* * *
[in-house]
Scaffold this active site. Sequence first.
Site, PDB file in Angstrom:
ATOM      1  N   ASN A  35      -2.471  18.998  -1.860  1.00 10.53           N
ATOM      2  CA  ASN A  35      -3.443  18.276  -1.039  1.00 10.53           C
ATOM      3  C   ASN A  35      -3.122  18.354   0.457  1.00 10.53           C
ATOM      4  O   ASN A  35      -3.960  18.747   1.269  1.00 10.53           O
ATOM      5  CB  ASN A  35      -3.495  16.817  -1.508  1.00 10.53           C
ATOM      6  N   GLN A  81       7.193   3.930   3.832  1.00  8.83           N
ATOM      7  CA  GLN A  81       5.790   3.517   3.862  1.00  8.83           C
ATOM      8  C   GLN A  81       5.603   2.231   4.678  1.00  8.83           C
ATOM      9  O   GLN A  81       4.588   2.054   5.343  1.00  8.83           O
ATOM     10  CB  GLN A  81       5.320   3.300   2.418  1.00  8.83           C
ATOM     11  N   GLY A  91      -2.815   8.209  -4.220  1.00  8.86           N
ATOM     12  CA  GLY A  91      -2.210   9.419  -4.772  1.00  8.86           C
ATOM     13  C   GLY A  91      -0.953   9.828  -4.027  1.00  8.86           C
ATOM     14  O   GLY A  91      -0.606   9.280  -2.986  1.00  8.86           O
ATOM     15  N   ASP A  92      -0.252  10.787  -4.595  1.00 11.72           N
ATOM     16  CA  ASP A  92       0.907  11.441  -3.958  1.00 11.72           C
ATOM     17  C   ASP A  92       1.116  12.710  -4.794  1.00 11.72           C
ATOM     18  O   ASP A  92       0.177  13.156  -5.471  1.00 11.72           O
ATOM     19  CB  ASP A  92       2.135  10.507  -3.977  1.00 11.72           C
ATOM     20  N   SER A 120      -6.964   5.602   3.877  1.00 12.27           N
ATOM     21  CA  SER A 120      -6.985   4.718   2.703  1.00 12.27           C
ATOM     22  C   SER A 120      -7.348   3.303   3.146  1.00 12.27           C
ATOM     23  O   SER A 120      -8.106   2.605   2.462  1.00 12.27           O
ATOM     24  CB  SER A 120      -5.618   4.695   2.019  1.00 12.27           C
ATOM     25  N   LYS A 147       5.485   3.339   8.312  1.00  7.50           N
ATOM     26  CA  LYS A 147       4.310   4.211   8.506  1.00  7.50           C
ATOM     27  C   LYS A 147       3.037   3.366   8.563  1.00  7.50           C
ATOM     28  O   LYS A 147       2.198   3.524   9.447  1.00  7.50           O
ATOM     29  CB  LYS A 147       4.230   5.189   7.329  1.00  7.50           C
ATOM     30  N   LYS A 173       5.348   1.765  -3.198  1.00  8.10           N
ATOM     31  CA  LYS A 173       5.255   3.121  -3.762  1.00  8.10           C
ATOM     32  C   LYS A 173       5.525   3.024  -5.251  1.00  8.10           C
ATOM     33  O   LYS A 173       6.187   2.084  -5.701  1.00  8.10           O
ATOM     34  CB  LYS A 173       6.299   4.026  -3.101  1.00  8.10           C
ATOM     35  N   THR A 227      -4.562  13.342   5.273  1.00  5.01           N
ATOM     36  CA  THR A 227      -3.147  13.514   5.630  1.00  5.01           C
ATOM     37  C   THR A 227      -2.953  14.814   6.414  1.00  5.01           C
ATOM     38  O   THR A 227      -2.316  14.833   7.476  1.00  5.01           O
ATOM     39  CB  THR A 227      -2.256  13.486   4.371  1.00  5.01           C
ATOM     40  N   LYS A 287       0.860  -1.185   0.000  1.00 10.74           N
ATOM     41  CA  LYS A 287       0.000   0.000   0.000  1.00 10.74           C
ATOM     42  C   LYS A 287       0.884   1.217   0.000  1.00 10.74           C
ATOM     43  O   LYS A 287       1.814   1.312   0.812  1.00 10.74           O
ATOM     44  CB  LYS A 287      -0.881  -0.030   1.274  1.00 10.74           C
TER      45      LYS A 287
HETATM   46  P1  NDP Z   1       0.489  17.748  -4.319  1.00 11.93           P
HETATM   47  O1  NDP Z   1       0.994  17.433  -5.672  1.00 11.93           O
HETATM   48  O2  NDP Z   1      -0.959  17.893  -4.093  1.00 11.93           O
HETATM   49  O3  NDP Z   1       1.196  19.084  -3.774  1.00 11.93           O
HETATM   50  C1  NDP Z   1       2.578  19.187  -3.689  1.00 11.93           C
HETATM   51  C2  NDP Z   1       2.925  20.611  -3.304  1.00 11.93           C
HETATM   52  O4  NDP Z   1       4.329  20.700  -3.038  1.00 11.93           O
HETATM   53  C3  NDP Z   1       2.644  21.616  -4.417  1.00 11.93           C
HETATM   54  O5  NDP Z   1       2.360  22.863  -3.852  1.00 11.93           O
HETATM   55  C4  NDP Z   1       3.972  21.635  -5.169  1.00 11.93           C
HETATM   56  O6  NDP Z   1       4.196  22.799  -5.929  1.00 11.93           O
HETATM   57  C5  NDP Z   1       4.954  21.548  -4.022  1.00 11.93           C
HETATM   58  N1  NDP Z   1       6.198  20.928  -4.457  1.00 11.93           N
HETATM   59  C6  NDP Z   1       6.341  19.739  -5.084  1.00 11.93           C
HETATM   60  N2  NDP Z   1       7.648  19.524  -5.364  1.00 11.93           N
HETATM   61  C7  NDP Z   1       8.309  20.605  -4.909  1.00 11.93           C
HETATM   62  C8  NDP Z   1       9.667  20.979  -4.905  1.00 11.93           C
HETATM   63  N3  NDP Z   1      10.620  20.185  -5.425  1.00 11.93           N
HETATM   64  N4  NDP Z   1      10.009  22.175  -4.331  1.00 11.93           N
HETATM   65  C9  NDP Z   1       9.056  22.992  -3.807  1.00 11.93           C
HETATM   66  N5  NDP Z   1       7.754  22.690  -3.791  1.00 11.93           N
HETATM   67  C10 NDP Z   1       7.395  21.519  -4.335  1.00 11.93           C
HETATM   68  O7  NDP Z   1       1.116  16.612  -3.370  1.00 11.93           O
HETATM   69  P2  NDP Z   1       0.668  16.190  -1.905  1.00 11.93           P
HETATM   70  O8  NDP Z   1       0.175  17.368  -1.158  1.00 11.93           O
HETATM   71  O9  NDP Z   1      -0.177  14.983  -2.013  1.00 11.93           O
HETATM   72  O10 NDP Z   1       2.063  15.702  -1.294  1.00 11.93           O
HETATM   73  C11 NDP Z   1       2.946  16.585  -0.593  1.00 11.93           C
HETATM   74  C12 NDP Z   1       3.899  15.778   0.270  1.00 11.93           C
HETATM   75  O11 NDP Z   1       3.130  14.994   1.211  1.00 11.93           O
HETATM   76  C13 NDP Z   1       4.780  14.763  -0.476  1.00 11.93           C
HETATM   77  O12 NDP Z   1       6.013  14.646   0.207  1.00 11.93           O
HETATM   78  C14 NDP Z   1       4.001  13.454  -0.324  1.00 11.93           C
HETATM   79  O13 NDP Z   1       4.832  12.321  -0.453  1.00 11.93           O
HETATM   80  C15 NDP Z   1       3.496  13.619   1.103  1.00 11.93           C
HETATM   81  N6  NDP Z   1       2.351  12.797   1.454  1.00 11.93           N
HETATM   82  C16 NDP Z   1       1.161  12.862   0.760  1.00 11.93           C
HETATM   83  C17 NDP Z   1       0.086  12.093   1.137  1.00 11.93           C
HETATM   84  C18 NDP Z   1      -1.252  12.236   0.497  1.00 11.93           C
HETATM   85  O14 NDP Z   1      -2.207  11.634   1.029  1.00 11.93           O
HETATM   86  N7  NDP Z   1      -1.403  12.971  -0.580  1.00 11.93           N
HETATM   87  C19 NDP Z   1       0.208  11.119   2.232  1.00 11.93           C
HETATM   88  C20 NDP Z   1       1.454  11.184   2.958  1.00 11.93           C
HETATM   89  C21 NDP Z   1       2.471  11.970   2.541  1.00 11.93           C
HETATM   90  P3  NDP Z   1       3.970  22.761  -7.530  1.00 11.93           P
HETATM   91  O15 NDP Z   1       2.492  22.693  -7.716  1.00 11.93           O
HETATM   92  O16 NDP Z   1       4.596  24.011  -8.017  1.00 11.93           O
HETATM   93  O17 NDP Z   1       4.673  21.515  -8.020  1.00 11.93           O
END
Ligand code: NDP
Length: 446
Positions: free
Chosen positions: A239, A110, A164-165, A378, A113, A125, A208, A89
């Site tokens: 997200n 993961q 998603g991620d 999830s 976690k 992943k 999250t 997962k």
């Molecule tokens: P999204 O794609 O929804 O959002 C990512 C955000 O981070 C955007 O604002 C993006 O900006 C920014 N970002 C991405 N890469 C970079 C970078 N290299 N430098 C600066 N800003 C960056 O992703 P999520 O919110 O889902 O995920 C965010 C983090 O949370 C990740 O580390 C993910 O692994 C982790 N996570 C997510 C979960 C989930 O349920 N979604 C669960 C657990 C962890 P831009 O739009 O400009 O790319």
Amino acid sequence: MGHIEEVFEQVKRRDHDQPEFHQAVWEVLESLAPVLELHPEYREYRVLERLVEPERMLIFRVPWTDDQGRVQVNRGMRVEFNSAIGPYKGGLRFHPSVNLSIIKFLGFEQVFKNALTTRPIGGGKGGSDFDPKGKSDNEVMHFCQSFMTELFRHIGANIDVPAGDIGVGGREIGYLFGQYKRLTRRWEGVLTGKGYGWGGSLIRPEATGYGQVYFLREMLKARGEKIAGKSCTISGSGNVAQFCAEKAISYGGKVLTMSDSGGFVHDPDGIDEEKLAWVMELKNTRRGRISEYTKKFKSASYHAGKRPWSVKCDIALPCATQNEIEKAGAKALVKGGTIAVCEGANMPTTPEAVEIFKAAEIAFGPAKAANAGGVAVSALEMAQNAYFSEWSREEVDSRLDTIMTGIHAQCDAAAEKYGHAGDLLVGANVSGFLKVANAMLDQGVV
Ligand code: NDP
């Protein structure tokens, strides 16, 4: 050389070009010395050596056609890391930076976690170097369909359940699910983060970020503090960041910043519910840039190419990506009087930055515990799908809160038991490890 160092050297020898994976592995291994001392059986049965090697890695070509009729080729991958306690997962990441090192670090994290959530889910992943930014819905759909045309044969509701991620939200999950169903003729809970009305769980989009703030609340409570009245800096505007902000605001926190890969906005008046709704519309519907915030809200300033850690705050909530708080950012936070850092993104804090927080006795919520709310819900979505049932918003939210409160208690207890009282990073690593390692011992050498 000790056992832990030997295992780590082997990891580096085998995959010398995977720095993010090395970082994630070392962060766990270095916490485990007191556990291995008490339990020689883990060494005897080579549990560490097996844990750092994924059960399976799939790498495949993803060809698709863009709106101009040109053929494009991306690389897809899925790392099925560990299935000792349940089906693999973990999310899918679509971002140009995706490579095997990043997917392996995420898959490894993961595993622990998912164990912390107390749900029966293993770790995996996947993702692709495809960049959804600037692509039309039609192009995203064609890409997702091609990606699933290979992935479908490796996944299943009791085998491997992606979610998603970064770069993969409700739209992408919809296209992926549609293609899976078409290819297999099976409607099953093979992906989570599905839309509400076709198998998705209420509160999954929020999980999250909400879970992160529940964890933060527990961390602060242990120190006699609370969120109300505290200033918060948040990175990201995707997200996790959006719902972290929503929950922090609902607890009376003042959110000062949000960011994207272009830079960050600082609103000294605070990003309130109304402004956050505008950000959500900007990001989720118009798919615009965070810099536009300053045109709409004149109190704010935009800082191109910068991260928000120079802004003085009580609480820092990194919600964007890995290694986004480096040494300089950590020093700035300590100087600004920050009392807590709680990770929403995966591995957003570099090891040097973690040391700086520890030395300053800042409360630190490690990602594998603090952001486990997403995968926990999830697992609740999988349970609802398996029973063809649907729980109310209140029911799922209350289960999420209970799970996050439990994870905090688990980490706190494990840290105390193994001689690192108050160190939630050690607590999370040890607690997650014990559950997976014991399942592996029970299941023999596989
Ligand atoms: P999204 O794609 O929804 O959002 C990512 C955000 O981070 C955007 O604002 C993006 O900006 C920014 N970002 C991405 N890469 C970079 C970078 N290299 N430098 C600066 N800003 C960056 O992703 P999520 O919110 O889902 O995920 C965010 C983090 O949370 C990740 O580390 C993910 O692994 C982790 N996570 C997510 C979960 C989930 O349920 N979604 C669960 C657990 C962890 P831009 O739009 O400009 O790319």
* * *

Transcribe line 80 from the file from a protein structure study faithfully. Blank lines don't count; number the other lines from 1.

HETATM   77  O12 NDP Z   1       6.013  14.646   0.207  1.00 11.93           O